• Madrid and Barcelona mayors, Podemos’ Iglesias avert celebrations today
• Catalan nationalists claim sovereignty, solidarity with indigenous America
“In fourteen hundred ninety-two, Columbus sailed the ocean blue,” begins the poem every schoolchild in American once learned by rote, in commemoration of the landing by European explorer Christopher Columbus on the Caribbean island of Hispaniola on 12th October 1492.
But in 2016 in mother-country Spain, from which Columbus (aka Cristobal Colón) sailed for America and where the date of his landing is commemorated by law as the national holiday of Dia Nacional de la Hispanidad (Hispanic Heritage Day), not everyone is celebrating — with most of those choosing to opt out doing so on ideological or nationalist grounds and some in a specific show of solidarity with indigenous peoples of the Americas, whose numbers were decimated as a result of European emigration following the Columbus landing.
In Madrid, a massive annual military parade costing this year an estimated 800,000 euros will precede a reception presided over by King Felipe VI and attended by politicians and dignitaries of most stripes, but noticeably absent will be leader of national anti-austerity party Podemos (We Can), Pablo Iglesias, as well as Madrid Mayor Manuela Carmena, elected in 2015 on the Podemos-supported Ahora Madrid platform.
Iglesias will boycott the event for the second year running, noting that the national holiday was particularly revered by former Spanish dictator Francisco Franco and holding fast to his populist preference to celebrate in the streets and neighborhoods of Madrid with the working people of Spain. Carmena, meanwhile, is discreetly out of the country at an international meeting of mayors being held in Latin America, but the mayor’s Ahora Madrid administration has chosen to commemorate the day by flying the rainbow-coloured indigenous ‘whipala’ flag of South America next to the municipal colors at city hall.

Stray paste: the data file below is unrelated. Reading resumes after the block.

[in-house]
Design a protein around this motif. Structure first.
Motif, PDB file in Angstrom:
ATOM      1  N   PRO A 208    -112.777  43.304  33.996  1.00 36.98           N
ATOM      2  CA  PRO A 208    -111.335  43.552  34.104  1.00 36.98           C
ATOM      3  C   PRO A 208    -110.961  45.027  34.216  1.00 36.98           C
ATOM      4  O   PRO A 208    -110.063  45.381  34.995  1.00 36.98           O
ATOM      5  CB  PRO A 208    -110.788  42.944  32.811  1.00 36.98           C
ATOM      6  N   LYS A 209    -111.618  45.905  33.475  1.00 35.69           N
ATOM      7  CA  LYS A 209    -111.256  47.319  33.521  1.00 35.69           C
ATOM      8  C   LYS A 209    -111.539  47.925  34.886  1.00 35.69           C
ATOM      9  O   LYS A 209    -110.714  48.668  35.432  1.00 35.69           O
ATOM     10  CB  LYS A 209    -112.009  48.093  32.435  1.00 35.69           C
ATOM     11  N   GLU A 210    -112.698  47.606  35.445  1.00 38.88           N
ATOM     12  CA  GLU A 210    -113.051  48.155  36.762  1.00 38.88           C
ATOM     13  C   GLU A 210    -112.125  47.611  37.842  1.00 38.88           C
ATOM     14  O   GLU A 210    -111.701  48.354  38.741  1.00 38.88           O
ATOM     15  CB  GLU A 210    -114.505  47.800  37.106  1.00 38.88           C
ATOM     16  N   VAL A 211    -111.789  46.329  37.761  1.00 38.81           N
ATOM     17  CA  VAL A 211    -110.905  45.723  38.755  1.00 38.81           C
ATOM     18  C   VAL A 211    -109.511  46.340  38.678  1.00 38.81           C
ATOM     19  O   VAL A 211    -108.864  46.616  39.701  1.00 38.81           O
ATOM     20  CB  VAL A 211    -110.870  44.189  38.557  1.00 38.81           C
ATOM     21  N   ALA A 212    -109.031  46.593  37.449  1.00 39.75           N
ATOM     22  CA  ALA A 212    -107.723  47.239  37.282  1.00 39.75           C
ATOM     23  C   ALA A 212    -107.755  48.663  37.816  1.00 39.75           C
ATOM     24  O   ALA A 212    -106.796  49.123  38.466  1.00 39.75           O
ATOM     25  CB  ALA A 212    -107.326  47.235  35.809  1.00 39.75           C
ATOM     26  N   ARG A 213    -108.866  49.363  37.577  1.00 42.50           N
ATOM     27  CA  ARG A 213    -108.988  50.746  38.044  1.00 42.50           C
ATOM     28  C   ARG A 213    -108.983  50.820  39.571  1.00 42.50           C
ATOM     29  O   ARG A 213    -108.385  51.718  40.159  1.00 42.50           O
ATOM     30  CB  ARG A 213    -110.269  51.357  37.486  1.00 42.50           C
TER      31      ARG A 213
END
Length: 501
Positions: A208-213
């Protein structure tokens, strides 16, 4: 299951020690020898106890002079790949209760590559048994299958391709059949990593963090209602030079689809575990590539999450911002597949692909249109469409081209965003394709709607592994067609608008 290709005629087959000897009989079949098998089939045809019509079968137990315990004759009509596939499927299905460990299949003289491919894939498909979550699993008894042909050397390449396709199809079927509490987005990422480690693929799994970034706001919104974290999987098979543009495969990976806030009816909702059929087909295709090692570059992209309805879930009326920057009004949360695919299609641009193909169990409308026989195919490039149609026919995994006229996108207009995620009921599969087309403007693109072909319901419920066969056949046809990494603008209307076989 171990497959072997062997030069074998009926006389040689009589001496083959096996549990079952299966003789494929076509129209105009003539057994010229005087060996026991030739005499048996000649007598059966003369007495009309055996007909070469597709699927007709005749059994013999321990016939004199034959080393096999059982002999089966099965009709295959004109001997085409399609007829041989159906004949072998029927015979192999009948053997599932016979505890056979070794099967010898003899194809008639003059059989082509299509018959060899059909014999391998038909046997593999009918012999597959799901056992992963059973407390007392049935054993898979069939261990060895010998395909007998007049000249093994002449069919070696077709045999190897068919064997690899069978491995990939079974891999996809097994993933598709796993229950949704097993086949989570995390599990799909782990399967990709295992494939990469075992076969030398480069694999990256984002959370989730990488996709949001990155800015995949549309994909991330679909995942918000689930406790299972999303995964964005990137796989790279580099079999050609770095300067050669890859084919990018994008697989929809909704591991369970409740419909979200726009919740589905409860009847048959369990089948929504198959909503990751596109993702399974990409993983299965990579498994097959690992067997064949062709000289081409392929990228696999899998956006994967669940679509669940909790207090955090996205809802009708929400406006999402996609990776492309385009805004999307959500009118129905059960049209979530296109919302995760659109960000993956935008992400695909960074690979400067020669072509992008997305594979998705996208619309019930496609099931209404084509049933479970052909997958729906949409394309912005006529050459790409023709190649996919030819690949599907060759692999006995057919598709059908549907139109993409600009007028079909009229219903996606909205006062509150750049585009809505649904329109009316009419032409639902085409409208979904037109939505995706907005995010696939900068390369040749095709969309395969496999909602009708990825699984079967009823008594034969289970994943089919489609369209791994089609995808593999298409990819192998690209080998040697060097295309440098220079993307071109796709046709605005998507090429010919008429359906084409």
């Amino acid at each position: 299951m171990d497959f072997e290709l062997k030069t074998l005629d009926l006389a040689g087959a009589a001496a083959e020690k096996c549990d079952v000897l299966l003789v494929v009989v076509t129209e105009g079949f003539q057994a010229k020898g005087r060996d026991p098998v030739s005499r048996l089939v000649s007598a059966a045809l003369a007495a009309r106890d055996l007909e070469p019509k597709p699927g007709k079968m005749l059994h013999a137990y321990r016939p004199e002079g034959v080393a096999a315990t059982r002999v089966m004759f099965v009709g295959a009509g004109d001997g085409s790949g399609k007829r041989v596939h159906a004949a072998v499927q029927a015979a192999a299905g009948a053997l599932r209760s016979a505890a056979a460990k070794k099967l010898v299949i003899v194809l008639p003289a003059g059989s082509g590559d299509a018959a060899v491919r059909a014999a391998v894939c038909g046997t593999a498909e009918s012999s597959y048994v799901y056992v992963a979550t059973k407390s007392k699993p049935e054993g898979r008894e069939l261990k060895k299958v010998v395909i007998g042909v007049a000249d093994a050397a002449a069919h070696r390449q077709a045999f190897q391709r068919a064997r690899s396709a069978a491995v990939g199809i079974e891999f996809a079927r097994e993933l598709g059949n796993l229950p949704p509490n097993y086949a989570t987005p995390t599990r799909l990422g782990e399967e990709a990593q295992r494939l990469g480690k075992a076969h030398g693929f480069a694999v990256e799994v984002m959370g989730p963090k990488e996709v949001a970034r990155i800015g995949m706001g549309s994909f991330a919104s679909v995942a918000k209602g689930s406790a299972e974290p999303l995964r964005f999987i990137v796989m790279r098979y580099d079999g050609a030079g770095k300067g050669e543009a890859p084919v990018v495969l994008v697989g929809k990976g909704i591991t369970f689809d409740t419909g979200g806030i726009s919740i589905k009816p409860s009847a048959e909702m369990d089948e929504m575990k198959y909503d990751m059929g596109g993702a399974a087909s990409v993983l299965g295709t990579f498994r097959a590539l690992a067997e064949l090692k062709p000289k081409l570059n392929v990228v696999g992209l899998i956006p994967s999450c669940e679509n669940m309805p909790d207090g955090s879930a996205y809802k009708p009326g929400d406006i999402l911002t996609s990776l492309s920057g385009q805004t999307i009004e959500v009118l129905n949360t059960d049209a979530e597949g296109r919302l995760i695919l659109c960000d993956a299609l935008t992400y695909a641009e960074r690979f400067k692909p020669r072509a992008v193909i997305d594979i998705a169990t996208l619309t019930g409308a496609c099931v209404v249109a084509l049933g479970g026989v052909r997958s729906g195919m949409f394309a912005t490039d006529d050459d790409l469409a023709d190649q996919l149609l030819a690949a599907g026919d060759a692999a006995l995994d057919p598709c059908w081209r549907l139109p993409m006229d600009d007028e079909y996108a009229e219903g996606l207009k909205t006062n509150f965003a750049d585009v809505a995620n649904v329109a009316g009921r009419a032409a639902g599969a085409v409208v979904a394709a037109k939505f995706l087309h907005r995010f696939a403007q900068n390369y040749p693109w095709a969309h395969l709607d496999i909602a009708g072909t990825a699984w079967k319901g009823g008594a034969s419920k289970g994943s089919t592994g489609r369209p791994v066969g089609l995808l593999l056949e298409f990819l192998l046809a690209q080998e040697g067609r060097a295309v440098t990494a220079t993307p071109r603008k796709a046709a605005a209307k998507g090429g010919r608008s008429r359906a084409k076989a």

In Barcelona, the administration of Mayor Ada Colau, also elected in 2015 on a platform supported by Podemos, while refusing for the second year running to fund official 12th October celebrations in both a nod to Catalan nationalism and solidarity with indigenous peoples of the Americas, has nevertheless complied with the national law mandating a public holiday for all municipal employees.
This, despite a call from the small, farther-left Candidatura de Unidad Popular party (CUP, or Popular Unity Candidacy) for Barcelona’s employees to work their normal schedule today and be given a holiday off later in the year. The CUP also called this year for the removal from the bottom of Barcelona’s famed Ramblas boulevard of the monument to Colón — who other Catalans nevertheless proudly claim was neither Italian nor Spanish, but a fellow Catalonian. The Colau administration has made clear, however, that it contemplates no removal of the Barcelona landmark Colón statue.
To the immediate north of Barcelona, a move by the mayor of the largely working class city of Badalona, Dolores Sabater, to make today a regular work day for Badalona municipal employees was promptly overturned by a local judge, who ruled that maintaining regular office hours at city hall would fly in the face of the “general interest” of the public in marking the national Hispanic Heritage holiday. Badalona officials now will reportedly comply with the ruling by attending to any members of the public at the front door of city hall.
But, the court ruling leaves unchallenged the determination of half a dozen other municipalities in Catalonia to remain open for business today, seeing no link between Hispanic Heritage and Catalonia and claiming that Catalan local and regional institutions are sovereign and not required to comply with the Spanish law.